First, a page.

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When I was young, our family had a set of educational computer games. Yearn 2 Learn, Treasure Mountain, and OutNumbered! were some of these childhood staples. However, there had been this really cool-looking game called Millie's Math House that I wanted. What my dad did was make a BASIC program that changed my life. It was very simple; roll two dice and try and figure out the sum. However, I couldn't get over how cool it was.

A few months later, probably when I was 7, my aunt and grandmother took my brother and I to a rummage sale in Baltimore. I remembered my dad's game, and found a book named "101 BASIC Computer Games", which sits on my shelf at work, dog-eared as it is. I was learning!

This passion followed and guided me to Georgia Tech and to its Computer Science department. Through Python and Smalltalk, Assembly and C, algorithms and object-oriented design, my college courses kept reaffirming my love for software. It was during college that I came up with my own truth.

An application can do amazing things, but if no one can use it, it's completely useless.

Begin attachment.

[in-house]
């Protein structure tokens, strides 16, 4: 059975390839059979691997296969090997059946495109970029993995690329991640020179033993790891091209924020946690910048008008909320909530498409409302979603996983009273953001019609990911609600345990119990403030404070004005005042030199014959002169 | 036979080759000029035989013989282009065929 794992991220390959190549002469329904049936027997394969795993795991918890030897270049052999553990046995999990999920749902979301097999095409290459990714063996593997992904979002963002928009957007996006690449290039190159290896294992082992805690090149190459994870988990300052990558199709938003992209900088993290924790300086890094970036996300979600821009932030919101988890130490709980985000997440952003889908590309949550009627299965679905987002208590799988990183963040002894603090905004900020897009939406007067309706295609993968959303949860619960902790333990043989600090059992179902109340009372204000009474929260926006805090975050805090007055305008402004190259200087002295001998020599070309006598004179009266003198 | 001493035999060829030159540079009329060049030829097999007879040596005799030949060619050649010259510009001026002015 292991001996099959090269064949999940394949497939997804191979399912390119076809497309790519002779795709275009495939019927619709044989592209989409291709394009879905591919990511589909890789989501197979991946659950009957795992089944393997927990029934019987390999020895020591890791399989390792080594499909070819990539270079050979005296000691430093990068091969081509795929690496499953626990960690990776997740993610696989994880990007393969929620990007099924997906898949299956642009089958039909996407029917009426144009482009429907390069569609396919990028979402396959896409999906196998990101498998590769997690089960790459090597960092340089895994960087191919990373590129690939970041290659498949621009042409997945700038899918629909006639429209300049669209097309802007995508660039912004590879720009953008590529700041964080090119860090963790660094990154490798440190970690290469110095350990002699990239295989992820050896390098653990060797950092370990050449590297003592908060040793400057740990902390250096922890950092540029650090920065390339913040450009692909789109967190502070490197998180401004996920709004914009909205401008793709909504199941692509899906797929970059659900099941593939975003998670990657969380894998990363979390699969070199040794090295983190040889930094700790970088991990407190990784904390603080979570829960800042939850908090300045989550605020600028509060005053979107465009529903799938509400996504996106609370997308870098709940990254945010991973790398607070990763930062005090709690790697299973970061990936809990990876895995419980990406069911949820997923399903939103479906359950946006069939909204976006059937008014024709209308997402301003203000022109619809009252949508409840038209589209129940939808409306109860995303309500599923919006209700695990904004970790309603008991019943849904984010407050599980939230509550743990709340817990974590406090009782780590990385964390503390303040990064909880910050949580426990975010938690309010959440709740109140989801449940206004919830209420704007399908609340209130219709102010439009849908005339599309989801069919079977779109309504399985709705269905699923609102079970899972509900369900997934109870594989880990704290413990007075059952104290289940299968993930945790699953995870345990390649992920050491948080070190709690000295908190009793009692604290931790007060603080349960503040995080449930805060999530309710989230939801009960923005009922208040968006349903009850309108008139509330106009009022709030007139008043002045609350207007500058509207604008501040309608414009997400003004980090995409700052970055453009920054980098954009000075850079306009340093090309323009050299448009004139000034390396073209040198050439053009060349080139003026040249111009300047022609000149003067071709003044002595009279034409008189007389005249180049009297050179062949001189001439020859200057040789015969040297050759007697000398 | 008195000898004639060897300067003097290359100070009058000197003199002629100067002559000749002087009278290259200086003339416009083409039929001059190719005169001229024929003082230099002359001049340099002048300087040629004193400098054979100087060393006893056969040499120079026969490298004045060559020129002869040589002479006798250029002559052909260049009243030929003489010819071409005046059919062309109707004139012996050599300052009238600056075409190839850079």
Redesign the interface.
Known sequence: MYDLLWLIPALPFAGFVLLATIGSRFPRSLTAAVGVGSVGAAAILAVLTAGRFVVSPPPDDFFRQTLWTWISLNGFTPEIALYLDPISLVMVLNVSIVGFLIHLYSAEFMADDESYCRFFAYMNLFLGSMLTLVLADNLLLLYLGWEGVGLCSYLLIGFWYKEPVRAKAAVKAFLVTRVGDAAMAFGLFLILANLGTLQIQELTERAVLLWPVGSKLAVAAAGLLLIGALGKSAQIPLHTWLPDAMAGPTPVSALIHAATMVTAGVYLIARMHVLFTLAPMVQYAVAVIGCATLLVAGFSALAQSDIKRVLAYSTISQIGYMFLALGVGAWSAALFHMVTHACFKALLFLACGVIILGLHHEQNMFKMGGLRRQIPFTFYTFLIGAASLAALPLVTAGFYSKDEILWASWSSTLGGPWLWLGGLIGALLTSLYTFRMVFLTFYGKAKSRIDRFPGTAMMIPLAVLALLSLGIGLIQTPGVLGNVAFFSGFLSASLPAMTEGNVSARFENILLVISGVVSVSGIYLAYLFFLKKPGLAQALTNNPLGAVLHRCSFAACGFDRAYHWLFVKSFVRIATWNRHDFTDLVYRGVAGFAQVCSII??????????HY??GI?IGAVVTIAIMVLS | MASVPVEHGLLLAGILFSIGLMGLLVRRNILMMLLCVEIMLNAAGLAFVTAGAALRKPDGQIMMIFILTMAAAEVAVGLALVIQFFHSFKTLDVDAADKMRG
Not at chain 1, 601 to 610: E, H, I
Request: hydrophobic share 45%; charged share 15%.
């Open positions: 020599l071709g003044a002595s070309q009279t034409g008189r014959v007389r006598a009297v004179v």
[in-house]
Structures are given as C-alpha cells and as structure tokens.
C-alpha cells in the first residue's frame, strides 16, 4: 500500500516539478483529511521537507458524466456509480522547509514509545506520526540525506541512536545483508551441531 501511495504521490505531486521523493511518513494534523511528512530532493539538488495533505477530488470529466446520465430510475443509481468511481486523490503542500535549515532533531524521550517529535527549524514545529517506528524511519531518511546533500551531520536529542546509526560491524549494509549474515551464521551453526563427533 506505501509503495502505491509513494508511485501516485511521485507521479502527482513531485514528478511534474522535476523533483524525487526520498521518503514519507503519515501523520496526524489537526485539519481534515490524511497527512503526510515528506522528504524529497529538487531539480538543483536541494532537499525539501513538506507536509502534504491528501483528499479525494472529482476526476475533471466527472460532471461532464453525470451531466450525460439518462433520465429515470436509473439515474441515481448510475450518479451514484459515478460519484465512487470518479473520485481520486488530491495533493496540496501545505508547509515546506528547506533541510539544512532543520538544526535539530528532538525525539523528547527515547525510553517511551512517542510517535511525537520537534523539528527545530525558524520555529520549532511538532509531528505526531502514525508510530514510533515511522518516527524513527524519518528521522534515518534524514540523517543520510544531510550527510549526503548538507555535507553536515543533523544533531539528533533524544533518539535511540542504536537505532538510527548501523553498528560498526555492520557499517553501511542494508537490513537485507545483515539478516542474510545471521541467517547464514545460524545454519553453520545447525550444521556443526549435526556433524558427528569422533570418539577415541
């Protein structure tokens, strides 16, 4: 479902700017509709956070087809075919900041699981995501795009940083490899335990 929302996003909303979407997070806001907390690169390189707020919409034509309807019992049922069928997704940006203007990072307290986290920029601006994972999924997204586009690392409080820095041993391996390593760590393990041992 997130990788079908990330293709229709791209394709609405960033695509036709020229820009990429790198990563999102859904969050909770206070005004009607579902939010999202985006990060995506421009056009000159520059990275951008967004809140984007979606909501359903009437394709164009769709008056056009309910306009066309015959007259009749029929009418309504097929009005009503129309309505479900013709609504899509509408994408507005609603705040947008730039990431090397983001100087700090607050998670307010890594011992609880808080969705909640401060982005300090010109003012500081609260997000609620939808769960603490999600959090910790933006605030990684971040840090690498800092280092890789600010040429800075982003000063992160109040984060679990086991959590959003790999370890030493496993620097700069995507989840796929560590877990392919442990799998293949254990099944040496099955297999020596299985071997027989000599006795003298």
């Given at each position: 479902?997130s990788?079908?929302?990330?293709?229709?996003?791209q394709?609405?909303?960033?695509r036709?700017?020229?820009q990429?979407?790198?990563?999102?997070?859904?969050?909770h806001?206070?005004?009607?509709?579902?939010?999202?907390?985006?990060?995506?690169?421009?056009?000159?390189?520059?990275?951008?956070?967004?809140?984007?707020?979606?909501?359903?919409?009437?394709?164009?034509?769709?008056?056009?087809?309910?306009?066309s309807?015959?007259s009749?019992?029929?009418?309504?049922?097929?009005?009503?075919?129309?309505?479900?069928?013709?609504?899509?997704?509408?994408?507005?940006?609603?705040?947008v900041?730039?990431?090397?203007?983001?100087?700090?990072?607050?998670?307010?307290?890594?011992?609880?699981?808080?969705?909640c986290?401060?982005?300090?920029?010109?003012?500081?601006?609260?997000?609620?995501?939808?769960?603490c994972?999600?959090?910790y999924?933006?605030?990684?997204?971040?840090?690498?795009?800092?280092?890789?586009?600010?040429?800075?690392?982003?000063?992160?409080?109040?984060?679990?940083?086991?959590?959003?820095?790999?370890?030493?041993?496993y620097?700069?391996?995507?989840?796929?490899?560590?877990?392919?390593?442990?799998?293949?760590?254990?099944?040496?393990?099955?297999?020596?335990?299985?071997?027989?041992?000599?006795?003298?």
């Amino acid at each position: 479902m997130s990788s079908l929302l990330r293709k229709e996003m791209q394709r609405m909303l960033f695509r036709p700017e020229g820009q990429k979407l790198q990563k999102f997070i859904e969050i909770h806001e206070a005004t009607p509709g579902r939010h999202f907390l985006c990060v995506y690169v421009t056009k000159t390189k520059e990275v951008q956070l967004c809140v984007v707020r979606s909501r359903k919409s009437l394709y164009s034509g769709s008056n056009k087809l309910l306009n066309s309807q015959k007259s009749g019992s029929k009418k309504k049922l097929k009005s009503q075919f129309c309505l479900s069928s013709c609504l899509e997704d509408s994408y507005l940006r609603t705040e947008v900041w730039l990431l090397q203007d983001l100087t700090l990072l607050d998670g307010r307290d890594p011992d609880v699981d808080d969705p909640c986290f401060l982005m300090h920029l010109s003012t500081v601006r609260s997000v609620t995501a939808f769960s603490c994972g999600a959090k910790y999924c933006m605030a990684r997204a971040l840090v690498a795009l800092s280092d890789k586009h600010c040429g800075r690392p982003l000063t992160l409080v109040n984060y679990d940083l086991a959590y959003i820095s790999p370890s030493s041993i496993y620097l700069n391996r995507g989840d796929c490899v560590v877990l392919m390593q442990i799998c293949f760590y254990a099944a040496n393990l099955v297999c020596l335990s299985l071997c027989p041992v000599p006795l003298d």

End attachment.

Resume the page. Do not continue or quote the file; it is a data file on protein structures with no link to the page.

With this realization, I switched from my focus on platforms (low-level computing) and began to focus on people: the most important component of software.

I am still passionate about finding answers for people. Outside of work, I created and continue to maintain a web-based application for the Georgia Tech Marching Band, so that directors and staff assistants can perform administrative tasks to manage the ~350 students in the band. I am also starting to plan and design a final project from Georgia Tech's Educational Technology class to help middle/high school students learn how to create amazing science fair projects.

My goal is to make a real and positive impact on the world.

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